100 years later: Musicians, fans pay tribute to jazz legend Thelonious Monk

NEW YORK — Thelonious Sphere Monk may have been born in North Carolina 100 years ago this week, but it was the streets of New York City and the vibrant jazz scene of the '50s and '60s that really shaped this one of a kind jazz pianist and genius composer.

“In those days the coolest guys in America were jazz musicians like my father and dizzy Gillespie,” TS Monk, Thelonious’s son, told PIX11. “It’s an absolute New York Story. It couldn’t have happened anywhere else in the world.”

Thelonious Monk’s son, the drummer TS Monk, gave PIX11 a special guided tour of the places that meant the most to his father.

“If you wanted to see serious jazz you come to the Vanguard,” Monk said.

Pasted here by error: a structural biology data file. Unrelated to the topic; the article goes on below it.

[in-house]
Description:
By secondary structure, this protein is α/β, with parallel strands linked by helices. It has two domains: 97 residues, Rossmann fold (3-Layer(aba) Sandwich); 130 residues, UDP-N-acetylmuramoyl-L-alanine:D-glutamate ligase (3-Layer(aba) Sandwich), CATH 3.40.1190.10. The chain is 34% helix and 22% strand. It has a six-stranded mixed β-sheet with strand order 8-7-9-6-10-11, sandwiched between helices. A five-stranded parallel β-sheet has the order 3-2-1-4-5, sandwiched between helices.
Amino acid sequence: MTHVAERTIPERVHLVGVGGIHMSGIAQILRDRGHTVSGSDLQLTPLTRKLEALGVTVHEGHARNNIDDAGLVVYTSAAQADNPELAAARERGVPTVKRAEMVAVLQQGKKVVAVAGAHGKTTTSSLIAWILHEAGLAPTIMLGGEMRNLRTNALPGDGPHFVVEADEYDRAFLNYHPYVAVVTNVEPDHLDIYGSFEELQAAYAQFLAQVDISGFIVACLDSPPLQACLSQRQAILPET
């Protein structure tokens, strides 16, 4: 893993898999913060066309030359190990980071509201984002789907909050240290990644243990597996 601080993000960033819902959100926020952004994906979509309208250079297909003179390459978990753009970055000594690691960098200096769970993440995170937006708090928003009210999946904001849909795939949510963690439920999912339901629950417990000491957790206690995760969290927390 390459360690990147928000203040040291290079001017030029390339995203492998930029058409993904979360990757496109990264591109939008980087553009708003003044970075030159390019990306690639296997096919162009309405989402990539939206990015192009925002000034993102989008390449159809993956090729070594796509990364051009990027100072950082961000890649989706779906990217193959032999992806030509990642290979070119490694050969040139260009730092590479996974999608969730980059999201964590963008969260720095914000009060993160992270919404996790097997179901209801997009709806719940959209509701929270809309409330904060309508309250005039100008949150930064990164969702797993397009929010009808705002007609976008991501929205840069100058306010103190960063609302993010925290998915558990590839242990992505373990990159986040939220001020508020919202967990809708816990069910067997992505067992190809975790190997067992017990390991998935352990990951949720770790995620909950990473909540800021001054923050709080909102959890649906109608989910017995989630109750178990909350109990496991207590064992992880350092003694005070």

And on Swing Street, otherwise known as 52nd Street and Sixth Avenue, there used to be plaques memorializing the jazz greats that played here, along with this song his father wrote: 52nd Street Theme.

“Things that happened in 52nd Street really changed the paradigm of western popular music,” Monk told PIX11.

And rounding out our tour is Dizzy’s Club Coca Cola, part of Jazz at Lincoln Center and named after Thelonious’s good friend, Dizzy Gillespie.

Jazz at Lincoln Center’s first-ever free Thelonious Monk Symposium will take place on Thursday and Friday. For more information, visit www.jazz.org.

“I am delighted to say as we speak the No. 2 most recorded composer in the history of jazz is my father right behind Duke Ellington and his Round Midnight the No. 1 record,” Monk said.

“I look up to the skies and think they didn’t get it while you were here but they got it now."